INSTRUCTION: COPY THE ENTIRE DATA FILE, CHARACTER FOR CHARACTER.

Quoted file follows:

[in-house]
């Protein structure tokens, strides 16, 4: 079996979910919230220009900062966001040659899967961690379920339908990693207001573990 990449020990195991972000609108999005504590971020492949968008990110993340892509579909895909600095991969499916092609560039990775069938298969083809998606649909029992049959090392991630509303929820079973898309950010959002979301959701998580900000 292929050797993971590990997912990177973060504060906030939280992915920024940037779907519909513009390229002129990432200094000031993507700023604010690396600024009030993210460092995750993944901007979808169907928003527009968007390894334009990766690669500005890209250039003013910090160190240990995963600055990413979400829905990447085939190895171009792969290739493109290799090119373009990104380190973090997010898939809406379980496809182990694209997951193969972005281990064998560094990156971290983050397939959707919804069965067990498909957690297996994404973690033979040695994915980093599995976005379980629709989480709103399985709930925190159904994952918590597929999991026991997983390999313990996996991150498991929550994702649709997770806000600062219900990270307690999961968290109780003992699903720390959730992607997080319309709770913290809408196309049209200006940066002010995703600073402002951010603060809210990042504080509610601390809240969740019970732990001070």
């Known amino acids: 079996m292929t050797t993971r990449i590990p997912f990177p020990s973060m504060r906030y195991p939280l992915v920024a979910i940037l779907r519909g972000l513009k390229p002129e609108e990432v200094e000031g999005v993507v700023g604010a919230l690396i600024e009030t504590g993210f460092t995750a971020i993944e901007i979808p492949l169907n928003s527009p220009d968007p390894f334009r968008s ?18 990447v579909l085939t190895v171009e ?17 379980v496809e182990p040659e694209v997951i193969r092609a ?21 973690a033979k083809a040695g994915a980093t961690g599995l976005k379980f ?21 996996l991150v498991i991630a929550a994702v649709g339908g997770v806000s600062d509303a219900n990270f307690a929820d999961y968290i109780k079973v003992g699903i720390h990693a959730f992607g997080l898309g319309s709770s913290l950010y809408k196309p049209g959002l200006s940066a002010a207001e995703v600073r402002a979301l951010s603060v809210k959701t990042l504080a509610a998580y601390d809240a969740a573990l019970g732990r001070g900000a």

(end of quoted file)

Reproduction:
[in-house]
């Protein structure tokens, strides 16, 4: 079996979910919230220009900062966001040659899967961690379920339908990693207001573990 990449020990195991972000609108999005504590971020492949968008990110993340892509579909895909600095991969499916092609560039990775069938298969083809998606649909029992049959090392991630509303929820079973898309950010959002979301959701998580900000 292929050797993971590990997912990177973060504060906030939280992915920024940037779907519909513009390229002129990432200094000031993507700023604010690396600024009030993210460092995750993944901007979808169907928003527009968007390894334009990766690669500005890209250039003013910090160190240990995963600055990413979400829905990447085939190895171009792969290739493109290799090119373009990104380190973090997010898939809406379980496809182990694209997951193969972005281990064998560094990156971290983050397939959707919804069965067990498909957690297996994404973690033979040695994915980093599995976005379980629709989480709103399985709930925190159904994952918590597929999991026991997983390999313990996996991150498991929550994702649709997770806000600062219900990270307690999961968290109780003992699903720390959730992607997080319309709770913290809408196309049209200006940066002010995703600073402002951010603060809210990042504080509610601390809240969740019970732990001070």
């Known amino acids: 079996m292929t050797t993971r990449i590990p997912f990177p020990s973060m504060r906030y195991p939280l992915v920024a979910i940037l779907r519909g972000l513009k390229p002129e609108e990432v200094e000031g999005v993507v700023g604010a919230l690396i600024e009030t504590g993210f460092t995750a971020i993944e901007i979808p492949l169907n928003s527009p220009d968007p390894f334009r968008s ?18 990447v579909l085939t190895v171009e ?17 379980v496809e182990p040659e694209v997951i193969r092609a ?21 973690a033979k083809a040695g994915a980093t961690g599995l976005k379980f ?21 996996l991150v498991i991630a929550a994702v649709g339908g997770v806000s600062d509303a219900n990270f307690a929820d999961y968290i109780k079973v003992g699903i720390h990693a959730f992607g997080l898309g319309s709770s913290l950010y809408k196309p049209g959002l200006s940066a002010a207001e995703v600073r402002a979301l951010s603060v809210k959701t990042l504080a509610a998580y601390d809240a969740a573990l019970g732990r001070g900000a």